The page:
Wednesday, February 22, 2017

Grains, Livestock R&D announcements - good news stories but a lost communications opportunity?

It's sometimes difficult to know what Government statements mean, primarily because they contain so little information. Two recent statements, both good news, are cases in point.

The first is a 10 year funding partnership between the Grains Research and Development Corporation (GRDC) and the NSW government. More than $130 million will be invested into grains research and development in NSW over the next 10 years, "meaning researchers will have more long-term certainty in their projects and jobs, and grain growers will continue to get the latest information for their decisions in the field."

Acting Prime Minister Barnaby Joyce, NSW Primary Industries Minister Niall Blair and GRDC chairman John Woods announced the bilateral agreement at the Department of Primary Industries’ Sustainable Farming Training Centre at Calala yesterday.

Mr Joyce said the agreement would build on the current research and development partnership between the GRDC and government, and would secure research in Tamworth, Wagga Wagga, Condoblin, Yanco and Trangie. There are 31 full time equivalent positions involved across these sites, about half of which are in Tamworth.

“The research and development will focus on two significant areas: winter crop pathology and winter crop agronomy and physiology,” Mr Blair said.

Reading the reports, this one primarily involves maintenance of existing research activities including presumably aspects of the work of DPI's Tamworth Agricultural Institute (TAI).

The second  announcement by also involving Deputy Prime Minister and Minister for Agriculture, Barnaby Joyce
NSW Minister for Primary Industries, Niall Blair dealt with the Commonwealth and NSW Government’s five-year co-investment in two research and development programs intended to benefit the sheep and cattle industries The photo shows Minister for Primary Industries Niall Blair with UNE Vice-Chancellor Professor Annabelle Duncan and Member for Northern Tablelands Adam Marshall at the launch. .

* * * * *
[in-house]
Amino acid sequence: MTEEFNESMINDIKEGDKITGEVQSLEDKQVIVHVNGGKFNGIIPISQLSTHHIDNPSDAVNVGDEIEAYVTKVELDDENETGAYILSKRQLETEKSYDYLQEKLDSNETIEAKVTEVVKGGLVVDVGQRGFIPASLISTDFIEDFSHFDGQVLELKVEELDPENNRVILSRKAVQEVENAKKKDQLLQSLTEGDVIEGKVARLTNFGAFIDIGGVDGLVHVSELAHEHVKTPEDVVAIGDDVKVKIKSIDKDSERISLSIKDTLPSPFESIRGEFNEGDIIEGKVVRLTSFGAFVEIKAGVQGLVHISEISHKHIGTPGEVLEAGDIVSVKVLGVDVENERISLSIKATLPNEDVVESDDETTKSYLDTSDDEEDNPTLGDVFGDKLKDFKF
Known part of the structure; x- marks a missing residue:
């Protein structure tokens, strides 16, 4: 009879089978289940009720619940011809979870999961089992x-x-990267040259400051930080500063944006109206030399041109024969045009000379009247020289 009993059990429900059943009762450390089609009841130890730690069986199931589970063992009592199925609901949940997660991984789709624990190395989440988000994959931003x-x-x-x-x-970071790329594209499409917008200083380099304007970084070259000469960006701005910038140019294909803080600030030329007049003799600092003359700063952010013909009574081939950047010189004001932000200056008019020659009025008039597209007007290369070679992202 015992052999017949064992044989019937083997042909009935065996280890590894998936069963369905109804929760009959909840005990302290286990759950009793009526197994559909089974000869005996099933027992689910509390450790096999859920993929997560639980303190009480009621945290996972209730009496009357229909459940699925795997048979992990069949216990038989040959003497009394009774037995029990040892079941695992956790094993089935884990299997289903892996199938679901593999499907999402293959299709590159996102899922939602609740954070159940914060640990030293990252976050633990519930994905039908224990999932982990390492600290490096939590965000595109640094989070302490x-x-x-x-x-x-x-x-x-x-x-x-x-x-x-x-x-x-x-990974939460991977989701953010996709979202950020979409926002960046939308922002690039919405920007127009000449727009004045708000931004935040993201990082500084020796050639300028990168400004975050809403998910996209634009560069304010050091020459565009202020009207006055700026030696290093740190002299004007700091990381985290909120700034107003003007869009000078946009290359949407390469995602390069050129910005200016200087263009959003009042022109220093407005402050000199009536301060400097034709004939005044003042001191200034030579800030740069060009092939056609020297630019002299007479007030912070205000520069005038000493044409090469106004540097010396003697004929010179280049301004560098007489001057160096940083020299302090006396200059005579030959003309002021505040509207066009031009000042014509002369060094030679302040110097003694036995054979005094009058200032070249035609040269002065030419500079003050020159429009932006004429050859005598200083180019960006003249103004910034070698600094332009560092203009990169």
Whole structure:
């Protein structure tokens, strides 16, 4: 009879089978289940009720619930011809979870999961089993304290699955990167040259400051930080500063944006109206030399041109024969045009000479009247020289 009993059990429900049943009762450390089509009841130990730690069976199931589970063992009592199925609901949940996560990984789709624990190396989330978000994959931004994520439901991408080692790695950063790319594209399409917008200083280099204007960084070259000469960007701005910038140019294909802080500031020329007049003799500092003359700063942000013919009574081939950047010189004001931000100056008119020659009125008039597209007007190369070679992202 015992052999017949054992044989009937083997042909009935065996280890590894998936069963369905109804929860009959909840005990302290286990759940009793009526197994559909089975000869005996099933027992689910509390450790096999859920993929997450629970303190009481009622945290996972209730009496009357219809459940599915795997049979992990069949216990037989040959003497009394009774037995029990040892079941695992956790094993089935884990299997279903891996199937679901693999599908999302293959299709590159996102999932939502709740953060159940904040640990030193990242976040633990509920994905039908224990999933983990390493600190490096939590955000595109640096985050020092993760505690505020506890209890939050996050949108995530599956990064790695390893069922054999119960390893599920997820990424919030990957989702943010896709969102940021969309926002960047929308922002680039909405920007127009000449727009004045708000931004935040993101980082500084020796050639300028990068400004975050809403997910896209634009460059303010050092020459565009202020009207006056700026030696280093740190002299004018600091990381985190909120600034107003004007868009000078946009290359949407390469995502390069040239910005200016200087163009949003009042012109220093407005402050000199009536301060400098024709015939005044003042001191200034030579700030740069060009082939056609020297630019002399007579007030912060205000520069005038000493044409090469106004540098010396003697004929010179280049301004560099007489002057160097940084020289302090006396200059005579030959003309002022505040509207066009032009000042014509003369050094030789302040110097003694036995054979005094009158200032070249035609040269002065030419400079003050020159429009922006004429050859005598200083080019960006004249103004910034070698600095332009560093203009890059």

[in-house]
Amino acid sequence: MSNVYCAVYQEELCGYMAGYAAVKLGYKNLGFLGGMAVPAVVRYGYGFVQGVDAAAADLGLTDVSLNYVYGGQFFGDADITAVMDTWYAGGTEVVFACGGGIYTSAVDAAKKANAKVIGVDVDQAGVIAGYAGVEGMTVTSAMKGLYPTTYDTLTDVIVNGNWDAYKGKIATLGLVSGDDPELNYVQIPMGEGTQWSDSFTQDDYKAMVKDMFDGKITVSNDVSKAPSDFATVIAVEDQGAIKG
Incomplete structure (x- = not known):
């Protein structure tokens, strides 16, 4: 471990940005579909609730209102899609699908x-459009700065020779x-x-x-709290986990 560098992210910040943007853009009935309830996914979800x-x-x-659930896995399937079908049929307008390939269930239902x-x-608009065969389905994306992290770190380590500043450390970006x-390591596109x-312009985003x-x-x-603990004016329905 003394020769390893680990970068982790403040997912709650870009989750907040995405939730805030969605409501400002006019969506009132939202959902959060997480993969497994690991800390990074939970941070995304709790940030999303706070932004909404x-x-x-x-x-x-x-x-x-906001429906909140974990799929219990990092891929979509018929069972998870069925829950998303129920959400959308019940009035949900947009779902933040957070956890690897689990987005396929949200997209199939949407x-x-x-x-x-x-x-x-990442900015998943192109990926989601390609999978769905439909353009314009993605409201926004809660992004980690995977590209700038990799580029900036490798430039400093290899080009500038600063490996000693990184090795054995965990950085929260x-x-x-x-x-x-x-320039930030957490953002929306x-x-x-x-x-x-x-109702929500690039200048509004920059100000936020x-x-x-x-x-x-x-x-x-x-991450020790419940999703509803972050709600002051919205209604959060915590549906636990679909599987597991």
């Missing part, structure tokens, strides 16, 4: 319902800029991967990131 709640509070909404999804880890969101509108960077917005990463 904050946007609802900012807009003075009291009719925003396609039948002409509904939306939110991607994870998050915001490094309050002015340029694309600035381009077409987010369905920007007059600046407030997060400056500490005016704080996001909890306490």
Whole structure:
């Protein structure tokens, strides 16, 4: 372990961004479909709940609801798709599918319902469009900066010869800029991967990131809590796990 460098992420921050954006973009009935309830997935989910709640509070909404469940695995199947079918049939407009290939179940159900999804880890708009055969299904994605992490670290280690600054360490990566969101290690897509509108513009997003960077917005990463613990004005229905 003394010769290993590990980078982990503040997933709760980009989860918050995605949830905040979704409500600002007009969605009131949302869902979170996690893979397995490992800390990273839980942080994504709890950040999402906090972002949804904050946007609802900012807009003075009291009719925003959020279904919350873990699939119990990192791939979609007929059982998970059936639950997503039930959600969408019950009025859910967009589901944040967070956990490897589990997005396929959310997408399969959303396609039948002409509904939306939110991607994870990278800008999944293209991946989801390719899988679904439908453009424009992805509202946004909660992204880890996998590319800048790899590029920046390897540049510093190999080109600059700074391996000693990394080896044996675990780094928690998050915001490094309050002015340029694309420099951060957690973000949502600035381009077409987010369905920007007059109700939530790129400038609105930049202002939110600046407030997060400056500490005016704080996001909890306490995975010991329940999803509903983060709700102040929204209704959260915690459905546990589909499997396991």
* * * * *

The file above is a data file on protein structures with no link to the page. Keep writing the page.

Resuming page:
The first co-investment research and development program will focus on five key areas including improving supply chain efficiency, overcoming the nutritional limits to livestock genetic potential, improving reproductive performance, sustainability of livestock production systems and enhancing the feed base by optimising grazing and soil management.

The NSW Government is investing $17.5 million into the partnership with MLA Donor Company (MDC) – a fully-owned subsidiary of industry service company Meat &
Livestock Australia (MLA). The NSW Department will also invest an additional $5 million in the new National Livestock Genetics Consortium (NLGC) - an initiative among key livestock industry stakeholders seeking to achieve world leading rates of genetic gain to ultimately drive value chain profitability.

Minister for Primary Industries Niall Blair said the NSW Government is focused on supporting regional NSW and sees the five year commitment as a pivotal investment to grow core research initiatives that will benefit the sheep and cattle industries.

Under the collaborative partnership model, MDC will match the NSW Governments funding for research projects that address the five key red meat priorities. MDC has also given in-principle support to match the investment in the NLGC.

This is clearly an important initiative and one that will further consolidate and develop the rural research in base in New England. Again, though, I had to dig round to collect information to try to understand what it really meant. .In the end, I think that I have worked it out roughly, although the respective web sites are not especially clear.

.I accept that I am something of an odd person in that I very rarely run press releases without some checking. It used to be the case that press releases came with backgrounders providing factual information. That seems to have dropped out.